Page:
CPS Research Fellow Michael Johnson, author of 'The Local Government Pension Scheme: opportunity knocks', wrote to the Financial Times on Monday 2 November.
Sir, Last week the Local Government Pensions Scheme (LGPS) published its latest annual financials (for 2014-15). The cost of running the scheme increased by a mind-boggling 42 per cent in the past year, to £810m. And, by its own admission, only some (number undisclosed) of the 101 separate funds reported on the basis of guidance issued by the Chartered Institute of Public Finance and Accountancy during 2014-15. There is worse to come.
Decades of dismally lax, ineffective governance has allowed the LGPS to become a staggeringly inefficient, opaque and self-serving empire. The interests of those who work within it, or provide services to it, ride roughshod over the interests of the LGPS membership, employers and taxpayers, as well as economic rationale. In addition, resistance to change is facilitating a fundamental misallocation of risk and return, with value leakage of well over £1bn annually, via unreported performance fees (paid to third parties) and unnecessary operating costs, stealthily and iniquitously eroding capital.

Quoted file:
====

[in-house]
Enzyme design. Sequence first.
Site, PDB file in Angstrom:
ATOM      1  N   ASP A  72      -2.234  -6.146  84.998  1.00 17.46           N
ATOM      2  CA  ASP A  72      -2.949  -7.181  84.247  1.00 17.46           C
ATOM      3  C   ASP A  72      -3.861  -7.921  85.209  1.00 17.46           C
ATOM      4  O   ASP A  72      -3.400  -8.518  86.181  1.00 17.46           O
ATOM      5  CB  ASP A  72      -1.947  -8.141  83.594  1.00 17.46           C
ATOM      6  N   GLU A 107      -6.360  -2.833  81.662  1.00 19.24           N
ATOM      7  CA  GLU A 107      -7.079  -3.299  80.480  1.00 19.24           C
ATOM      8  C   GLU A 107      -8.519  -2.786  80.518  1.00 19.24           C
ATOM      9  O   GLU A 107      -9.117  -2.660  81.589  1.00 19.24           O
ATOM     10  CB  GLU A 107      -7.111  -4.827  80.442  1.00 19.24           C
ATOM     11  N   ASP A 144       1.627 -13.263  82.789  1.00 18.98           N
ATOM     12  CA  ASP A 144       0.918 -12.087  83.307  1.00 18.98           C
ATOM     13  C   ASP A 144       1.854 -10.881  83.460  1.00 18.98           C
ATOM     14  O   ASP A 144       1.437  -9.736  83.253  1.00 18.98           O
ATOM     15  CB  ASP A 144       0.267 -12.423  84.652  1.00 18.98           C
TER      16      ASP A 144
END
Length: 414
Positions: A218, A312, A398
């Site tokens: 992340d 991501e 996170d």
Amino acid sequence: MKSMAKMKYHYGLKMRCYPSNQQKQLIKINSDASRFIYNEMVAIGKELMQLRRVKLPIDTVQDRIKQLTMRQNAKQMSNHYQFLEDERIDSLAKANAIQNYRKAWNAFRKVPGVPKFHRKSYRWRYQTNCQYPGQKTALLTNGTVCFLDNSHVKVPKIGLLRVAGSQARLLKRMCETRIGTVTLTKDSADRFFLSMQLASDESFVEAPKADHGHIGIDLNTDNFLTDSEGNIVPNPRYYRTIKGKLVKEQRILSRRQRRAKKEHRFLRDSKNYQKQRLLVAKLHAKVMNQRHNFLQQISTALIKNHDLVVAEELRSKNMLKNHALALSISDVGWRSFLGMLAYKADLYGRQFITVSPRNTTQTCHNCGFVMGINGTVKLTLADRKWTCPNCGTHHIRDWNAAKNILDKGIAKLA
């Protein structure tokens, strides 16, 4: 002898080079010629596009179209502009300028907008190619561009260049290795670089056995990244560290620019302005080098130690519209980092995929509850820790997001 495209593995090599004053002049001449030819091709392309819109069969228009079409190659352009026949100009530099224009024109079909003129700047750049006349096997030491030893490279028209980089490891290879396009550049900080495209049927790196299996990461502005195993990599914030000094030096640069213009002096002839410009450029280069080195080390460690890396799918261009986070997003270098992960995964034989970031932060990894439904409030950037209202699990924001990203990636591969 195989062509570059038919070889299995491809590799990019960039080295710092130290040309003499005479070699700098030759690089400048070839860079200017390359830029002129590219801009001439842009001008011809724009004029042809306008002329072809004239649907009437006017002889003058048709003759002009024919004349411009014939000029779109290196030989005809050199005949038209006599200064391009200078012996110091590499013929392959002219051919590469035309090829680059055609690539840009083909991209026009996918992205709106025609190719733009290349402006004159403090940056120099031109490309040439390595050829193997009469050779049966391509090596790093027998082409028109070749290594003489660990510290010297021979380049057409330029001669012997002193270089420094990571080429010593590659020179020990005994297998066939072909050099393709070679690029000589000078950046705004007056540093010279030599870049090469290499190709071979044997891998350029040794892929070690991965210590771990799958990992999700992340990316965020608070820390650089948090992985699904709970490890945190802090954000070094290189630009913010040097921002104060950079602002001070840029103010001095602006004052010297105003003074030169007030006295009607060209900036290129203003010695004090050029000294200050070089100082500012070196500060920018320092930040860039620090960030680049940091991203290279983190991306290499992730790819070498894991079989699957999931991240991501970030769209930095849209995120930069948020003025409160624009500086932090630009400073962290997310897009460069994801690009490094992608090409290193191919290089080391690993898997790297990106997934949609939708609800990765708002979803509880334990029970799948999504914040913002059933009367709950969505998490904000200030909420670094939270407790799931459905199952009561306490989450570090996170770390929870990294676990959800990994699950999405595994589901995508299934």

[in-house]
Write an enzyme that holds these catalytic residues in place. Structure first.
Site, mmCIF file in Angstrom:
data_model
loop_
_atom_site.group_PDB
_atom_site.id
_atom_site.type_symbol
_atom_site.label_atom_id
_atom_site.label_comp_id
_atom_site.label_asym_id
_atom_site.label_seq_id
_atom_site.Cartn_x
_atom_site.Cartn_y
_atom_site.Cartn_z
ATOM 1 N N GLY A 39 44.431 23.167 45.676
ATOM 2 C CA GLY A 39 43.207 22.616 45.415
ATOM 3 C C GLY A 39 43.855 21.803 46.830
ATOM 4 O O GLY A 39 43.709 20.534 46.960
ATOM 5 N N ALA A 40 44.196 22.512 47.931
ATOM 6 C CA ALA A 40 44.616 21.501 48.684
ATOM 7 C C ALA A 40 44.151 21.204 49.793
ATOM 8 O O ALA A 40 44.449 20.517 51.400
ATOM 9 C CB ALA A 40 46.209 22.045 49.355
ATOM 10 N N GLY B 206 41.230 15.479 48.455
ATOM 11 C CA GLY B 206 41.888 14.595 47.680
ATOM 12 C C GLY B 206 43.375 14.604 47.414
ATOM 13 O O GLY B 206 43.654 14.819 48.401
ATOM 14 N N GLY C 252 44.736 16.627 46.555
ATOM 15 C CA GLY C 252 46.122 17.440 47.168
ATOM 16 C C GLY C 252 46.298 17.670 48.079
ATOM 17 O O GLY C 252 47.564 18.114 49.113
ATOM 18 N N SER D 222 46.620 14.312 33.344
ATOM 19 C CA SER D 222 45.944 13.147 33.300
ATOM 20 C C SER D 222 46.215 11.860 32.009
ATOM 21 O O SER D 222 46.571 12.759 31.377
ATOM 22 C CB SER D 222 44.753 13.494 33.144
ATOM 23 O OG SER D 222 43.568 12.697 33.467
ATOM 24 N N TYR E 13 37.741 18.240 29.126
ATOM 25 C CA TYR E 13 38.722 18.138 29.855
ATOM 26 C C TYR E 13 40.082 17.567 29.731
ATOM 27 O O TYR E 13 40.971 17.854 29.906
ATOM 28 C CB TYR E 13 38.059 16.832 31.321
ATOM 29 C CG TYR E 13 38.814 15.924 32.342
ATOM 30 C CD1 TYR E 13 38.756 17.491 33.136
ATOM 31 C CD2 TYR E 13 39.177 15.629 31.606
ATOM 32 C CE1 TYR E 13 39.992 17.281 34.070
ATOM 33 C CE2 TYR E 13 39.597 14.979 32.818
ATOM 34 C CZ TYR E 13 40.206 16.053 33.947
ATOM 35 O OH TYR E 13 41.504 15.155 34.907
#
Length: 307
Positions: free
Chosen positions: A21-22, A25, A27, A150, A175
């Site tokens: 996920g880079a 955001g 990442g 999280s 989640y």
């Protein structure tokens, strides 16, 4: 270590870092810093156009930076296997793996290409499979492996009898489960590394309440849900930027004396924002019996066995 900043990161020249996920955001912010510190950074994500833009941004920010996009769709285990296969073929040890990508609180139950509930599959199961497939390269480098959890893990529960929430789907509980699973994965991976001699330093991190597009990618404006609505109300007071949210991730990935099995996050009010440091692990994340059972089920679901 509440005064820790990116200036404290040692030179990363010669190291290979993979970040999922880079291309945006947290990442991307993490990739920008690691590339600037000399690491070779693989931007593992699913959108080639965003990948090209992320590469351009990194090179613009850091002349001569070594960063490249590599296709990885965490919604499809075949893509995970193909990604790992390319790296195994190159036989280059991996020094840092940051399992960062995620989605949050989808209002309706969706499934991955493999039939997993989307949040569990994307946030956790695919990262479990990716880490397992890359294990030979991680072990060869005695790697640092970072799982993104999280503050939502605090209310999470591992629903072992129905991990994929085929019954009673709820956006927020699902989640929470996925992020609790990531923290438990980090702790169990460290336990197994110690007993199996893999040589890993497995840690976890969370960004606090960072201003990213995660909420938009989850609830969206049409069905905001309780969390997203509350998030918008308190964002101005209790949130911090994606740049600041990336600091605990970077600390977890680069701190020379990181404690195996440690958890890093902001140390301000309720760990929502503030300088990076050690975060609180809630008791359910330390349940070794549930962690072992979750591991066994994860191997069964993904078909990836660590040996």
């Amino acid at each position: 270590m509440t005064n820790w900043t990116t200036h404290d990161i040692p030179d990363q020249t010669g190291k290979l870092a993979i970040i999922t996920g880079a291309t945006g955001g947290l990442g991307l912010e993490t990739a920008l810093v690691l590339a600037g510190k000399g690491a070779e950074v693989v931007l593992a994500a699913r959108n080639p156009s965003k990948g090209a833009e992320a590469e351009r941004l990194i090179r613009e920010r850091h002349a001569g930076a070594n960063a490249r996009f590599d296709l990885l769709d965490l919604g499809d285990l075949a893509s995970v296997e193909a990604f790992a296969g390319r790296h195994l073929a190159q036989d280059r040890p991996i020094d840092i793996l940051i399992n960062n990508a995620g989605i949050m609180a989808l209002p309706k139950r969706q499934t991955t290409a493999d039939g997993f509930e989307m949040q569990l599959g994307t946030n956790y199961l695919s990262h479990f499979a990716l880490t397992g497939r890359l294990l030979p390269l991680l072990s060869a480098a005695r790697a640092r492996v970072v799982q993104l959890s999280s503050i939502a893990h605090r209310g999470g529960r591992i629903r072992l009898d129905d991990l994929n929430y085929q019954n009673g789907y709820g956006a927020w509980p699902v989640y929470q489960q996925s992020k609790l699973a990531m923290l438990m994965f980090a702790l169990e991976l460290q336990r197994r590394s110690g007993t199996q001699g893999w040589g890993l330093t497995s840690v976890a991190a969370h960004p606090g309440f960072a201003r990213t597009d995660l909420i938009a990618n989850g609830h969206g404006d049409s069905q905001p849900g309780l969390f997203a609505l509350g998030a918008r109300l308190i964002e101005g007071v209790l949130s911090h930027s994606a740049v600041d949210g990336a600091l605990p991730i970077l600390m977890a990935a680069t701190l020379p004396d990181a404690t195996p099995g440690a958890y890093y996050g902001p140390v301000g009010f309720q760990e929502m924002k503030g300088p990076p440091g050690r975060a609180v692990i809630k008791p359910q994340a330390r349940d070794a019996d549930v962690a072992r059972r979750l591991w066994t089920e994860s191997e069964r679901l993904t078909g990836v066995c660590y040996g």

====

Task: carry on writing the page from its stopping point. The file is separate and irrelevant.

The LGPS’s parlous financial condition should come as no surprise: 21 per cent underfunded as at the 2013 valuations, with more than a third of the individual funds being cash flow negative in 2012-13. For a nation that is supposedly a leading provider of financial services, and given the scale of the LGPS, it is a national embarrassment.
It is time that a good many of the chief finance officers, paid to ensure the proper administration of local government affairs, were required to end their masterclass in non-accountability... and leave.
Centre for Policy Studies,
London NW5, UK